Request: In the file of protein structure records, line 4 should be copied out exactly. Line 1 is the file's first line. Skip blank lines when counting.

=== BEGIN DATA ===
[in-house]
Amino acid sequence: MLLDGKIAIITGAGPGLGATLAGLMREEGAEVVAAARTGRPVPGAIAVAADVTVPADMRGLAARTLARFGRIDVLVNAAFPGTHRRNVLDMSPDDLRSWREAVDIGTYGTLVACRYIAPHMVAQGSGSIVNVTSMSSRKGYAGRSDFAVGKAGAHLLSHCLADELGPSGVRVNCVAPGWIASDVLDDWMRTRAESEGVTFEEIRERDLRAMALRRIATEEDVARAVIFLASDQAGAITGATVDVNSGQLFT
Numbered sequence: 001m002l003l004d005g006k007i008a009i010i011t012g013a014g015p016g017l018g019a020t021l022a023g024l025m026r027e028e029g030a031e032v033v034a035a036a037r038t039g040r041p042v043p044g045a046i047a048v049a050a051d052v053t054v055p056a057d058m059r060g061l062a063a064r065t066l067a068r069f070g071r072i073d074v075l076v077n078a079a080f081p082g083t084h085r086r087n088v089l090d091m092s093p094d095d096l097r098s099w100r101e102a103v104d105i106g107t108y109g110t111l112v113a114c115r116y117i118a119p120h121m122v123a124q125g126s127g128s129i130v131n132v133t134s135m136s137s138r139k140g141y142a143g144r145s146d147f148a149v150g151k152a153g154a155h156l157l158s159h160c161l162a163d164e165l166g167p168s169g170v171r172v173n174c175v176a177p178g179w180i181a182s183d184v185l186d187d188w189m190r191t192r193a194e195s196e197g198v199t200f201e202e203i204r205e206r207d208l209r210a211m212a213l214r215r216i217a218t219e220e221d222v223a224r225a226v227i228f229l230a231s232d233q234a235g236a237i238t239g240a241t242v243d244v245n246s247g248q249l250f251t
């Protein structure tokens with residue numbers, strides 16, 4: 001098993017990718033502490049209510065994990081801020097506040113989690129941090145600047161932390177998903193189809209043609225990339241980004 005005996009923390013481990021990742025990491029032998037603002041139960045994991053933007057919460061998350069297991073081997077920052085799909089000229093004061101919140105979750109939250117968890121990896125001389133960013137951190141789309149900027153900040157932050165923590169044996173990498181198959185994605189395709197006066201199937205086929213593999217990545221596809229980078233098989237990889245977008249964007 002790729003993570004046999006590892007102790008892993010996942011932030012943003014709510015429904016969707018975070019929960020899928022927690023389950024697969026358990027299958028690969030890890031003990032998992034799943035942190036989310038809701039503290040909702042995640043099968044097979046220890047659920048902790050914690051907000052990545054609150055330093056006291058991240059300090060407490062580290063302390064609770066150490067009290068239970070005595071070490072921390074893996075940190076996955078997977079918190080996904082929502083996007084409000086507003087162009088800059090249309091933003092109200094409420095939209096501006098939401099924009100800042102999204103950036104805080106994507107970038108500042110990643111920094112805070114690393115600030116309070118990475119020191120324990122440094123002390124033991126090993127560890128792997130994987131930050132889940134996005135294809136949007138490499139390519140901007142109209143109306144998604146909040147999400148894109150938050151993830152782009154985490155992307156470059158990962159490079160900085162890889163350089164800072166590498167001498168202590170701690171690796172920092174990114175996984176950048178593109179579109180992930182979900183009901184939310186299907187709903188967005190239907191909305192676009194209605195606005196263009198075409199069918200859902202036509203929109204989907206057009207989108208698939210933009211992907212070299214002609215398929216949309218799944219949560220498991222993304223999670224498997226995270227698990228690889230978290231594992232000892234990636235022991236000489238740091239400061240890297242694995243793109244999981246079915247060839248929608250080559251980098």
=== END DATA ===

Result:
């Protein structure tokens with residue numbers, strides 16, 4: 001098993017990718033502490049209510065994990081801020097506040113989690129941090145600047161932390177998903193189809209043609225990339241980004 005005996009923390013481990021990742025990491029032998037603002041139960045994991053933007057919460061998350069297991073081997077920052085799909089000229093004061101919140105979750109939250117968890121990896125001389133960013137951190141789309149900027153900040157932050165923590169044996173990498181198959185994605189395709197006066201199937205086929213593999217990545221596809229980078233098989237990889245977008249964007 002790729003993570004046999006590892007102790008892993010996942011932030012943003014709510015429904016969707018975070019929960020899928022927690023389950024697969026358990027299958028690969030890890031003990032998992034799943035942190036989310038809701039503290040909702042995640043099968044097979046220890047659920048902790050914690051907000052990545054609150055330093056006291058991240059300090060407490062580290063302390064609770066150490067009290068239970070005595071070490072921390074893996075940190076996955078997977079918190080996904082929502083996007084409000086507003087162009088800059090249309091933003092109200094409420095939209096501006098939401099924009100800042102999204103950036104805080106994507107970038108500042110990643111920094112805070114690393115600030116309070118990475119020191120324990122440094123002390124033991126090993127560890128792997130994987131930050132889940134996005135294809136949007138490499139390519140901007142109209143109306144998604146909040147999400148894109150938050151993830152782009154985490155992307156470059158990962159490079160900085162890889163350089164800072166590498167001498168202590170701690171690796172920092174990114175996984176950048178593109179579109180992930182979900183009901184939310186299907187709903188967005190239907191909305192676009194209605195606005196263009198075409199069918200859902202036509203929109204989907206057009207989108208698939210933009211992907212070299214002609215398929216949309218799944219949560220498991222993304223999670224498997226995270227698990228690889230978290231594992232000892234990636235022991236000489238740091239400061240890297242694995243793109244999981246079915247060839248929608250080559251980098």